George Perry's world record bass

Eighty-one years and counting atop the bass fishing mountain

George W. Perry
Ken Duke collection
George W. Perry and a fish much smaller than his world record.

In football, "the catch" was Dwight Clark's snag of Joe Montana's pass to win the 1982 NFC Championship Game. In baseball, "the catch" was Willie Mays' grab of Vic Wertz's long drive to centerfield in the 1954 World Series.

And in fishing, "the catch" is George Perry's world record largemouth bass taken on June 2, 1932 from Lake Montgomery, an oxbow of the Ocmulgee River in South Georgia. The fish weighed 22 pounds, 4 ounces and is the most sought after sportfishing record in history.

In 1932, George Washington Perry was a 20-year-old farmer living in rural Georgia. This was in the depths of the Great Depression and fishing was more than recreation. It was a way to get food.

Spring was wet that year, and on June 2 the fields were too soggy to work. So Perry and his friend Jack Page set out for Montgomery Lake to do some fishing. They kept a small homemade boat there and carried a single rod, reel and lure. Each would take a turn casting while the other sculled the boat.

At some point, Perry noticed a disturbance near a shallow stump and made a cast to it.

Years later, Perry told the tale to Vic Dunaway for a 1969 Sports Afield article: 

I don't remember many of the details but all at once the water splashed everywhere. I do remember striking, then raring back and trying to reel. But nothing budged. I thought for sure I had lost the fish — that he'd dived and hung me up. I had no idea how big the fish was, but that didn't matter. What had me worried was losing the lure.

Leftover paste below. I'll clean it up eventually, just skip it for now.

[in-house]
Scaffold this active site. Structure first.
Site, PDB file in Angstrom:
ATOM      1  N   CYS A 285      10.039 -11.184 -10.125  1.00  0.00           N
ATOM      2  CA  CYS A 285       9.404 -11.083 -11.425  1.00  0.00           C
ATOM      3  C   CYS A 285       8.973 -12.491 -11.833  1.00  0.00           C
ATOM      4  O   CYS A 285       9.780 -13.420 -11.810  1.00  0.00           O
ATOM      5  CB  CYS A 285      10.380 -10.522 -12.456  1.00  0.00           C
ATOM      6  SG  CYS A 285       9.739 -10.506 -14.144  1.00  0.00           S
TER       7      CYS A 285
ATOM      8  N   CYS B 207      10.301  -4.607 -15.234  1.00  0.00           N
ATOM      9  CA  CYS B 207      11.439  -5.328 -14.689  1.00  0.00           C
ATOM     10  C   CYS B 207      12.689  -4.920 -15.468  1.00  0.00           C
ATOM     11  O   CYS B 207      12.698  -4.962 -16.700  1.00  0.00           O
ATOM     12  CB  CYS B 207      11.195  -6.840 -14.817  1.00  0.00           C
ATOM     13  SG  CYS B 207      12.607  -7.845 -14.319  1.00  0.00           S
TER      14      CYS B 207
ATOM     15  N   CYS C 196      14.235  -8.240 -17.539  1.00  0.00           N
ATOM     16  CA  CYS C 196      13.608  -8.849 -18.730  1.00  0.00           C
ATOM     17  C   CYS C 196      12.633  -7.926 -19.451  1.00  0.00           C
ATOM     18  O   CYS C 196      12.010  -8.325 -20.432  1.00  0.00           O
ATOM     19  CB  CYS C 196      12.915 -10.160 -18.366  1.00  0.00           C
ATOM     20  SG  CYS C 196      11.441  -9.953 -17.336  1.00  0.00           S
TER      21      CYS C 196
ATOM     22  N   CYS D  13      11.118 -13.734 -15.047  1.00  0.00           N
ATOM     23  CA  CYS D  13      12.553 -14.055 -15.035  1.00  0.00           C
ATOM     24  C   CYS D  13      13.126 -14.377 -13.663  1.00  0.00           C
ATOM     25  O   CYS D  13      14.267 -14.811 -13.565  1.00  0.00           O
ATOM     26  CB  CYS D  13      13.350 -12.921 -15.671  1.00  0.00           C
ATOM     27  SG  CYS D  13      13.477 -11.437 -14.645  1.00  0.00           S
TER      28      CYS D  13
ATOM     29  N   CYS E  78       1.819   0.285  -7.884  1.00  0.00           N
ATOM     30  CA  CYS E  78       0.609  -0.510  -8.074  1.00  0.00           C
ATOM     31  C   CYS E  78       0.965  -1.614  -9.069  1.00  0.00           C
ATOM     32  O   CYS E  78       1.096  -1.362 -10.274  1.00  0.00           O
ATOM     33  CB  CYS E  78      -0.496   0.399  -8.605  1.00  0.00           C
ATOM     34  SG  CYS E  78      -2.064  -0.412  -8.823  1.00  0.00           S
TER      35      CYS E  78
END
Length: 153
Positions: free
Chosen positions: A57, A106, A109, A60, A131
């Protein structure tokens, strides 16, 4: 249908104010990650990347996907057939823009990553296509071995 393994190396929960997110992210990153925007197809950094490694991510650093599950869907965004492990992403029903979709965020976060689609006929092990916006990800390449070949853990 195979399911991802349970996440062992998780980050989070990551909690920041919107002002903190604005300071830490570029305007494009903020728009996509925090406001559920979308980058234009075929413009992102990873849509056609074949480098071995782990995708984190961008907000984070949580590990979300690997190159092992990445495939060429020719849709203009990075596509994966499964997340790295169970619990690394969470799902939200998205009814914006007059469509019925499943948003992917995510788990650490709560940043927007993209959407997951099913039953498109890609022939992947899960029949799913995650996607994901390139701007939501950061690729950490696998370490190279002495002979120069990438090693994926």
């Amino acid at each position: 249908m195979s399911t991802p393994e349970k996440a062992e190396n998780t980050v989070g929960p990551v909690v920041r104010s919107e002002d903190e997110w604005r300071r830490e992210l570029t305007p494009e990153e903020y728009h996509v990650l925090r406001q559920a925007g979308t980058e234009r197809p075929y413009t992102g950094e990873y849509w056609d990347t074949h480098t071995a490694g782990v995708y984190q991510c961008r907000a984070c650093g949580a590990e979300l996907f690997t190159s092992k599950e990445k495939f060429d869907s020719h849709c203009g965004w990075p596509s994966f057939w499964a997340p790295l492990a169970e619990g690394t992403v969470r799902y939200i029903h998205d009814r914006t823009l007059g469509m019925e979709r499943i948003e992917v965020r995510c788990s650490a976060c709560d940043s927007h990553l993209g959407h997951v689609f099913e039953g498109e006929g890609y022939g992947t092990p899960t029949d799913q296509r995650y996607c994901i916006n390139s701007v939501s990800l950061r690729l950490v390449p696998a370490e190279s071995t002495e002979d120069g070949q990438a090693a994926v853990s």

The lure was the only one they had, a Creek Chub Fintail Shiner, and their day would be over without it.

George Washington Perry as he looked shortly before his death in 1974.Terry Drace/B.A.S.S.George Washington Perry as he looked shortly before his death in 1974.

Fortunately for Perry, the lure wasn't hung up at all, and in a moment the fish moved. The battle was brief and soon he was lifting the bass into the boat with both hands.

Neither Perry nor Page had any idea that the bass might be a record of any kind. In fact, there really weren't any records in those days. Although Field & Stream sponsored an annual big fish contest and maintained the most authoritative records of the day, they did not list world records at that time.

All Perry and Page knew was that the bass was bigger than any they had ever seen. "The first thing I thought of was how nice a chunk of meat to take home," Perry told Sports Afield almost four decades later.

But before they took the bass home, they stopped at the nearest town, Helena, and pulled into J.J. Hall's General Store (or Fowler Grocery, depending on the version you choose to believe) to show the fish off to anyone who might care. Once inside, Hall pulled out a tape and measured the bass at 32 1/2 inches long and 28 1/2 inches around.

Then they took the bass to the post office and got it weighed on a set of certified scales where it registered 22-4. Someone told Perry about the Field & Stream big fish contest, they found an issue with the submission rules and he entered his catch.

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